Sun, Oct 05, 2014 - Page 5 News List

ANALYSIS: Shiite rebels dominate Yemeni capital


The capital of Yemen, the Arab world’s poorest and perhaps most chronically unstable nation, has new masters. Anti-US Shiite rebels man checkpoints and roam the streets in pickups mounted with anti-aircraft guns. The fighters control almost all state buildings, from the airport and the central bank to the Ministry of Defense.

While the world has been focused on the fight against Islamic State extremists in Syria and Iraq, Yemen at the southern tip of the Arabian Peninsula saw its own seismic upheaval when Shiite rebels known as Houthis overran Sana’a two weeks ago.

Now the Houthis, who many believe are backed by Shiite-led Iran, are poised to become top power brokers dominating the government and running a virtual state-within-a-state.

Their takeover of the capital also threatens to bring a violent backlash from militant Sunnis, creating a sectarian battle that could boost al-Qaeda’s branch in Yemen, which the US has been battling for years in a drone campaign and in coordination with the Yemeni military. The rallying cry of fighting against Shiite power could turn Yemen into a magnet for Sunni extremists from around the region, like Syria and Iraq.

US-backed Yemeni President Abed Rabbo Mansour Hadi is largely helpless, struggling to form a new government to meet the Houthis’ demands. Neighboring Saudi Arabia is worried over a potential pro-Iranian outpost on its border.

In an interview, Jamal Benomar, the UN special envoy who has been mediating among the Yemeni government, the Houthis and other factions, said that “this takeover of Sana’a by the Houthis will widely reverberate in Yemen and the region.”

“Yemen will now be seen as linked to other situations in the region, with regional and international involvement,” he said.

The Houthis, who call themselves Ansar Allah, Arabic for “Supporters of God,” are followers of the Zaidi faith, a branch of Shiite Islam that is almost exclusively found in Yemen whose believers make up about 30 percent of the country’s population. Zaidi religious leaders ruled much of northern Yemen for centuries and the Houthis — backers of the Houthi family, a clan that claims descent from the Prophet Mohammed — have sought to revive Zaidi identity.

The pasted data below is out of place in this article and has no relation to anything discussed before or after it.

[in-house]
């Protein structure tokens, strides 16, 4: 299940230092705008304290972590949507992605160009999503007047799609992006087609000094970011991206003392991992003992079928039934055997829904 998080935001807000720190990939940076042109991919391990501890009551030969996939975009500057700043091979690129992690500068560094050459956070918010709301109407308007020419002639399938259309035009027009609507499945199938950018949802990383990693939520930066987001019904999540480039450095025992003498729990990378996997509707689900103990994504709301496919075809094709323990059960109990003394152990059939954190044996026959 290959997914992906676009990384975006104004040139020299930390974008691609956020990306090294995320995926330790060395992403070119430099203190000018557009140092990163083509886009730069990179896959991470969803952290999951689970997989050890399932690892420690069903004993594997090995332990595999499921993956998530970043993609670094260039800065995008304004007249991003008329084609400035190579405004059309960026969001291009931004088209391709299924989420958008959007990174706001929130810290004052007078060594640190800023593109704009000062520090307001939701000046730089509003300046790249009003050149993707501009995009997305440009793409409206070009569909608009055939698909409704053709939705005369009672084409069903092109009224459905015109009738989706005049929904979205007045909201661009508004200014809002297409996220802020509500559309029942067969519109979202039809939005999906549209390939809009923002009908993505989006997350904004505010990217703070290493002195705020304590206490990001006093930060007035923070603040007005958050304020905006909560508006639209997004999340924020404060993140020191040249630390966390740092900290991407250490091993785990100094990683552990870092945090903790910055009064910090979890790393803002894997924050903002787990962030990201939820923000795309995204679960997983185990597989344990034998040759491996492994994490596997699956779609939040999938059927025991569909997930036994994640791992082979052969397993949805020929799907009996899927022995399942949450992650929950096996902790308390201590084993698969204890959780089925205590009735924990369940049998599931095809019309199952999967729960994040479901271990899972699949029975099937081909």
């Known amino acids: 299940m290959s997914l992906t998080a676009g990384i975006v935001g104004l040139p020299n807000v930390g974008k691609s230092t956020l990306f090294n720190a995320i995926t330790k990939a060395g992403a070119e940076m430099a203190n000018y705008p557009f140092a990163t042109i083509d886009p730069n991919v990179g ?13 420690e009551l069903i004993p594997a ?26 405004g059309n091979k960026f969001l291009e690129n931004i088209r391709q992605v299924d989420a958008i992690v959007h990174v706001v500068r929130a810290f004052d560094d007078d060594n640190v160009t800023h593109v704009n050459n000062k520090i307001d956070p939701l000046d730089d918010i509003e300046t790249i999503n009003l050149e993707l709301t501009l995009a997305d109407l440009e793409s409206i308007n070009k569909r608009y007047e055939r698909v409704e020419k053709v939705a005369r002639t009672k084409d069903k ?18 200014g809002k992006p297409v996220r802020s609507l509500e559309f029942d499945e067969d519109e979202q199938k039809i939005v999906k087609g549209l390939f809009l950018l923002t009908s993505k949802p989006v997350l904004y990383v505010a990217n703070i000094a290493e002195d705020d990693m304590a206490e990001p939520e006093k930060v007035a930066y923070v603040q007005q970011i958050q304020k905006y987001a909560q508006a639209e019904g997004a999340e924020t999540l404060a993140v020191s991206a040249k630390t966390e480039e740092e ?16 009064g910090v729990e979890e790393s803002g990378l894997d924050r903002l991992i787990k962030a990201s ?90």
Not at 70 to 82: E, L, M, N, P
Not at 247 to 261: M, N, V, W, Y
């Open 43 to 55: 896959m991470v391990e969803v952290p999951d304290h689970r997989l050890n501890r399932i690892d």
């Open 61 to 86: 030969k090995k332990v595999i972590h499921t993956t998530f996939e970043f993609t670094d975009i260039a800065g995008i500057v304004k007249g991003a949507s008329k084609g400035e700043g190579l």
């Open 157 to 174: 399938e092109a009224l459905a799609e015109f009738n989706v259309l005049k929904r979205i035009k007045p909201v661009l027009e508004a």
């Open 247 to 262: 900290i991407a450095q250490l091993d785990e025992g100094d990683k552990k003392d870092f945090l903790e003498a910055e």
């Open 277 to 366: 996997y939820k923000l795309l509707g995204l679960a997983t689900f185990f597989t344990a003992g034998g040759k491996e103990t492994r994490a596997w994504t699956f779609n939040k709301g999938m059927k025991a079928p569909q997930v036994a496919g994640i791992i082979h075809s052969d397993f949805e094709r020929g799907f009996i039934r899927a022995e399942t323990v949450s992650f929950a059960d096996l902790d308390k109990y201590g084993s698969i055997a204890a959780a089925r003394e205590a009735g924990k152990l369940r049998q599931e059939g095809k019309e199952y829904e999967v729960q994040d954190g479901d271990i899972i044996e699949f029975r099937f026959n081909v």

The rebels, led by 33-year-old Abdul-Malik al-Houthi, fought a series of civil wars since the mid-2000s from their stronghold of Saada, north of Sana’a. In 2011, they took complete control of Saada Governorate.

However, their advances this year have been startling. They swept south, defeating Sunni tribesmen loyal to the conservative Sunni Islah party, and in July captured Amran Governorate, which borders the capital. They then overran the capital itself on Sept. 21, as the Yemeni military largely collapsed.

The Houthis present themselves as seeking to achieve the goals of the 2011 Arab Spring uprising that led to the overthrow of former Yemeni president Ali Abdullah Saleh. They reject a deal brokered by Persian Gulf states that led to Saleh stepping down and Hadi taking his place because it largely splits power between Saleh’s supporters and the Islah party, which is the Muslim Brotherhood’s branch in Yemen.

Instead, they say, they want a broader government that includes their movement and southern separatist Yemenis. And they want implementation of a plan reached by political parties in January to give greater autonomy to Yemen’s regions.

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